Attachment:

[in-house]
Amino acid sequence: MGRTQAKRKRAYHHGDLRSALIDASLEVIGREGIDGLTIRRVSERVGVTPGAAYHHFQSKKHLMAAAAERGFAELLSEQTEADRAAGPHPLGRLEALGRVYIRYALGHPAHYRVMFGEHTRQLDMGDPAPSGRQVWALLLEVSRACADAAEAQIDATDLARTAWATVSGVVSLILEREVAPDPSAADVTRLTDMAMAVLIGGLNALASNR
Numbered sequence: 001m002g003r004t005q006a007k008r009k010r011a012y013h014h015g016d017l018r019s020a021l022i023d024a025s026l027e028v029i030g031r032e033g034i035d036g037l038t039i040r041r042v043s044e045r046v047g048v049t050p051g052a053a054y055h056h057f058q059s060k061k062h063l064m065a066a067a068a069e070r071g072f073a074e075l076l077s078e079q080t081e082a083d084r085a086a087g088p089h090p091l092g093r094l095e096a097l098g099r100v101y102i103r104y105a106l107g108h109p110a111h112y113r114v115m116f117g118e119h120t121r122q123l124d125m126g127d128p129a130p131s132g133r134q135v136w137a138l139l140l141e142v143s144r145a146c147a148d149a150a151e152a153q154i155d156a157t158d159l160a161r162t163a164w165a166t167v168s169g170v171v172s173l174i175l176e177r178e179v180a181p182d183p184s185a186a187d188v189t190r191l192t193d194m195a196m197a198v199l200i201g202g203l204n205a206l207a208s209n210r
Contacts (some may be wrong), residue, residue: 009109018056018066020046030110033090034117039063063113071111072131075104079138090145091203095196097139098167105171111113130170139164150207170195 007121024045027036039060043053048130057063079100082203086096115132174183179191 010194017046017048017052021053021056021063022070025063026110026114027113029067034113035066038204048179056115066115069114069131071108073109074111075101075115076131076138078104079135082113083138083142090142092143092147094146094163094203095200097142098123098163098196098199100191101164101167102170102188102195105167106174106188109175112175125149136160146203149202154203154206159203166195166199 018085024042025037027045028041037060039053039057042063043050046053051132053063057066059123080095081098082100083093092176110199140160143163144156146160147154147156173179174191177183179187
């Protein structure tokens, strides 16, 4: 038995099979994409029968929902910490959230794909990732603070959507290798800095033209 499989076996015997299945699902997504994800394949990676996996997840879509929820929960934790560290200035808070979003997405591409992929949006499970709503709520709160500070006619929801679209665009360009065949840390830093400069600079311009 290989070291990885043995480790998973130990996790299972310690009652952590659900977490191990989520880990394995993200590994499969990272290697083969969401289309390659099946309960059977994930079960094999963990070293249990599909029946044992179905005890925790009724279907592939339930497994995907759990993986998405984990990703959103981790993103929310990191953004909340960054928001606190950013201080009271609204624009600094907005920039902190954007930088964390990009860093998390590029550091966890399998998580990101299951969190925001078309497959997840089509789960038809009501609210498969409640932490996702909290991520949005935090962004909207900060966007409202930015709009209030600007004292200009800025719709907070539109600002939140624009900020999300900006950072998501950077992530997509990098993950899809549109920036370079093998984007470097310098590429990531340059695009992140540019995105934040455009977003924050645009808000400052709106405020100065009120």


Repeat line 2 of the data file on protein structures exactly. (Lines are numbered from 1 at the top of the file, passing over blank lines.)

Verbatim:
Amino acid sequence: MGRTQAKRKRAYHHGDLRSALIDASLEVIGREGIDGLTIRRVSERVGVTPGAAYHHFQSKKHLMAAAAERGFAELLSEQTEADRAAGPHPLGRLEALGRVYIRYALGHPAHYRVMFGEHTRQLDMGDPAPSGRQVWALLLEVSRACADAAEAQIDATDLARTAWATVSGVVSLILEREVAPDPSAADVTRLTDMAMAVLIGGLNALASNR